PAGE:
New York native and Mogul Club member Radamiz finally released his Writeous after nearly four years of hinting at it’s release. It’s potential was shown since the beginning of it’s announcement, and friends and fans couldn’t be more excited to hear what he has had in store for us.
Writeous embodies the soul of a hungry New York artist and places his audience directly into Radamiz’s head as he ascends in the music industry through trials and tribulations. Radamiz effortlessly shows his desire to project his art to mass populations at one time and potentially save one’s life, or drive another artist equally as ambitious as himself to greater heights.
The idea of maintaining a modest mindstate and staying “righteous” throughout the pathway to triumph blankets itself over the project and helps broaden a greater theme.
An audio clip of Lauryn Hill speaking opens the album and places me in the perfect spot. You can be “right” but knowing whether or not you are “righteous” is much more vital. I can you tell you now that the project is soul food for thought. If you are a fan of Erykah Badu, Jay Electronica, Kendrick Lamar, Lauryn Hill, Common, and so on you will enjoy this thoroughly.
The main theme seems to perfectly tie in with almost every attribute in this album. Some of the production uses soul and jazz samples to accentuate Radamiz’s passion. Moving vocals are either pushed forward as a main sample loop or placed strategically in a chorus or an outro – whatever the case may be Radamiz makes sure that every ounce of emotion placed into this album is shown.
Radamiz’s use of figurative, detailed language and sound devices are essential to feeling the weight of what he is throwing in your face. From lines containing more impressive, strategic word play and sound device to much more subtle lines like “I can’t till I’m in Milan with my Mulan,” each and every literary strategy used emphasizes a much bigger picture. Some tracks revolve almost completely around the use of competitive bars and quick-witted word play mixed in with the rich samples and basslines. “1 CROWN” does not fall short in doing so, as well as “Maintaining,” but unfortunately, others do.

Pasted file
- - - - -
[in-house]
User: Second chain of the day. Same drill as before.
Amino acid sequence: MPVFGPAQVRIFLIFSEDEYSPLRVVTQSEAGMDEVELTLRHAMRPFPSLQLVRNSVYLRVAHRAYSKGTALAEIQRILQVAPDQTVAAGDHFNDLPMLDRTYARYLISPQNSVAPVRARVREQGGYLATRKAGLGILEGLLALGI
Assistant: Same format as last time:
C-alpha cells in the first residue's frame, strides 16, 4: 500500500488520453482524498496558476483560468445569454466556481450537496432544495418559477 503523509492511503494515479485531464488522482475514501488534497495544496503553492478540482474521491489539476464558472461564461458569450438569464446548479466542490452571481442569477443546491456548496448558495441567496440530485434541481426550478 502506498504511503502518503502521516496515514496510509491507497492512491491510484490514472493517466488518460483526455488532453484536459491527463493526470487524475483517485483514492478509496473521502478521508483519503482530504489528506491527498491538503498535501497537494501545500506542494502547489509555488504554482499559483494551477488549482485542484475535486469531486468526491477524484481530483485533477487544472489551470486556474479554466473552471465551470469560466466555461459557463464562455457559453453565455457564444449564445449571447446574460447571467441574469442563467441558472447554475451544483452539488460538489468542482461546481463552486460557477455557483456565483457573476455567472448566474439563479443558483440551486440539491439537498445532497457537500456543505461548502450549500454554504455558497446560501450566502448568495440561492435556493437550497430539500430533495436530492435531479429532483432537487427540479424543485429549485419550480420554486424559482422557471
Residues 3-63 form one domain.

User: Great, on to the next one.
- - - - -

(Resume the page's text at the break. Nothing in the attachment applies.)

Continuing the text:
In some cases on this album Radamiz appears to be filling in empty space. I’m presented with this issue pretty early on the album with the song “poweR.” It introduced itself as a very enthralling track with the same rich and beautiful essence as the two previous tracks, but the song lacked towards the end. Although H. Illa (aka History) did a very astonishing job on the production, he came short further on.
The second part of the instrumental takes a much more pugnacious turn and we hear a fairly well concocted verse by History. The correlation was seen but not well delivered. Of course the theme was about “power” (pretty obvious from the title) but the drop when the instrumental switches seemed rather trite and a failed attempt to reinforce of the same lyrical impact of “1 CROWN” or “Ali’s My Big Brother.”
Sadly, this was also displayed on one of my absolute favorite singles. “New York Don’t Love Me” was released 2 years prior to Writeous and I fell in love with it’s brief but broad statement. The album contains an extended version of the song and in all honesty I couldn’t be more disappointed. I sensed, Radamiz, yet again stretching out a track that should have not been stretched out. Once again, the Outro of the album has almost 2 minutes of a sample (that I tried finding but had no luck) that does tie in well with the album’s overall theme but overpowers the rest of the song.
Radamiz’s ambitious nature and energized delivery are supplemented by the project’s cohesive, expressive production.
Production ties in comfortably with Radamiz’ delivery on the project as a whole. “God Talks to Me a Lot” is a gorgeous intro. Every thing about that song was perfect and then as if I feel I cannot get enough of the emotional-driven music I am given “Sumner,” one of the best songs from the album. Fellow Mogul Club member Dre Dollasz does a astounding job with the instrumentation that it backs up Radamiz so well to the point where you may think Dre produced this jewel after hearing Radamiz’ vocals. Although he does falls short in some cases, he picks himself right back up with the same sound that made me want to listen to this album in the first place.
One aspect that seemed to protrude the most in production was the rich and splendid bass lines. If you find yourself listening to this album on a bass-enhanced speaker you will be utterly satisfied. The milky vocals given to us by background singers were gorgeous and in tune with the punchy bass lines and vigorous drums. Although, I love the instrumentation it’s Radamiz’ vocals that help reinforce that soul and emotional-driven tone. The instrumentation is nothing without being completely backed by Radamiz’ and his peers’ vocal energy and delivery; most notably, King Critical’s vicious entrance on “Maintaining” and Madwiz’ soothing build-up on the intro.
Overall I enjoyed the project immensely and it is a great introduction from Radamiz into the music industry. However, it isn’t just the gorgeous drums, or the touching samples or the stimulating lyrics that leave this project as a major mark in the New York Hip-Hop scene – it is the fact that it plays as a portrayal to Radamiz himself. It is essential to assimilate that Radamiz is Writeous; his attitude and overall view on the world is encompassed in this album and that is the beauty of it. We are all here in this world to be righteous and Radamiz is here to project it.
Vital songs: God Talks to Me a Lot, Maintaining, Ali’s My Big Brother, Sumner, One Night Stan
Stream Writeous below.